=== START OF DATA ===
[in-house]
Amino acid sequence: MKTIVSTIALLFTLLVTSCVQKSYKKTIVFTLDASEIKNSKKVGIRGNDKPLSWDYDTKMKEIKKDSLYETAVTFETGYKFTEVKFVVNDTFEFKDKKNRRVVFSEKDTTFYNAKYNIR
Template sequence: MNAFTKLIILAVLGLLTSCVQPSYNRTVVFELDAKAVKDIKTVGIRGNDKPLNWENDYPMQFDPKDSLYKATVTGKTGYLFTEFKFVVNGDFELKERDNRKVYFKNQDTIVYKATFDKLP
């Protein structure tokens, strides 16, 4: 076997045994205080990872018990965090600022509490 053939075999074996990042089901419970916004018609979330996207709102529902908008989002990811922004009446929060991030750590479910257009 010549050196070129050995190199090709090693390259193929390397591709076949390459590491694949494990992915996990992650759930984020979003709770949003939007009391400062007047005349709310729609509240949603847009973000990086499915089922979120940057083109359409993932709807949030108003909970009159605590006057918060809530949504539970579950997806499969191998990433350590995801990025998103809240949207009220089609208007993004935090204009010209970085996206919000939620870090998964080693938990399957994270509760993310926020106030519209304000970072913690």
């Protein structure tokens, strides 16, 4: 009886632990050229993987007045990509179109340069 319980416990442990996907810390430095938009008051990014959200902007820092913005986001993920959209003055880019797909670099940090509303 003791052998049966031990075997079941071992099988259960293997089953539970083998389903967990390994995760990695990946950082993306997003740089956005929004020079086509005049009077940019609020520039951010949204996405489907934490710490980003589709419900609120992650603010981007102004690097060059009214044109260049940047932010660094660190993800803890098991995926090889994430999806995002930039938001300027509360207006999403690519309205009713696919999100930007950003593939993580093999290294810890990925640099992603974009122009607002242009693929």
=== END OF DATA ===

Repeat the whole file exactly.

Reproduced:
[in-house]
Amino acid sequence: MKTIVSTIALLFTLLVTSCVQKSYKKTIVFTLDASEIKNSKKVGIRGNDKPLSWDYDTKMKEIKKDSLYETAVTFETGYKFTEVKFVVNDTFEFKDKKNRRVVFSEKDTTFYNAKYNIR
Template sequence: MNAFTKLIILAVLGLLTSCVQPSYNRTVVFELDAKAVKDIKTVGIRGNDKPLNWENDYPMQFDPKDSLYKATVTGKTGYLFTEFKFVVNGDFELKERDNRKVYFKNQDTIVYKATFDKLP
């Protein structure tokens, strides 16, 4: 076997045994205080990872018990965090600022509490 053939075999074996990042089901419970916004018609979330996207709102529902908008989002990811922004009446929060991030750590479910257009 010549050196070129050995190199090709090693390259193929390397591709076949390459590491694949494990992915996990992650759930984020979003709770949003939007009391400062007047005349709310729609509240949603847009973000990086499915089922979120940057083109359409993932709807949030108003909970009159605590006057918060809530949504539970579950997806499969191998990433350590995801990025998103809240949207009220089609208007993004935090204009010209970085996206919000939620870090998964080693938990399957994270509760993310926020106030519209304000970072913690």
């Protein structure tokens, strides 16, 4: 009886632990050229993987007045990509179109340069 319980416990442990996907810390430095938009008051990014959200902007820092913005986001993920959209003055880019797909670099940090509303 003791052998049966031990075997079941071992099988259960293997089953539970083998389903967990390994995760990695990946950082993306997003740089956005929004020079086509005049009077940019609020520039951010949204996405489907934490710490980003589709419900609120992650603010981007102004690097060059009214044109260049940047932010660094660190993800803890098991995926090889994430999806995002930039938001300027509360207006999403690519309205009713696919999100930007950003593939993580093999290294810890990925640099992603974009122009607002242009693929």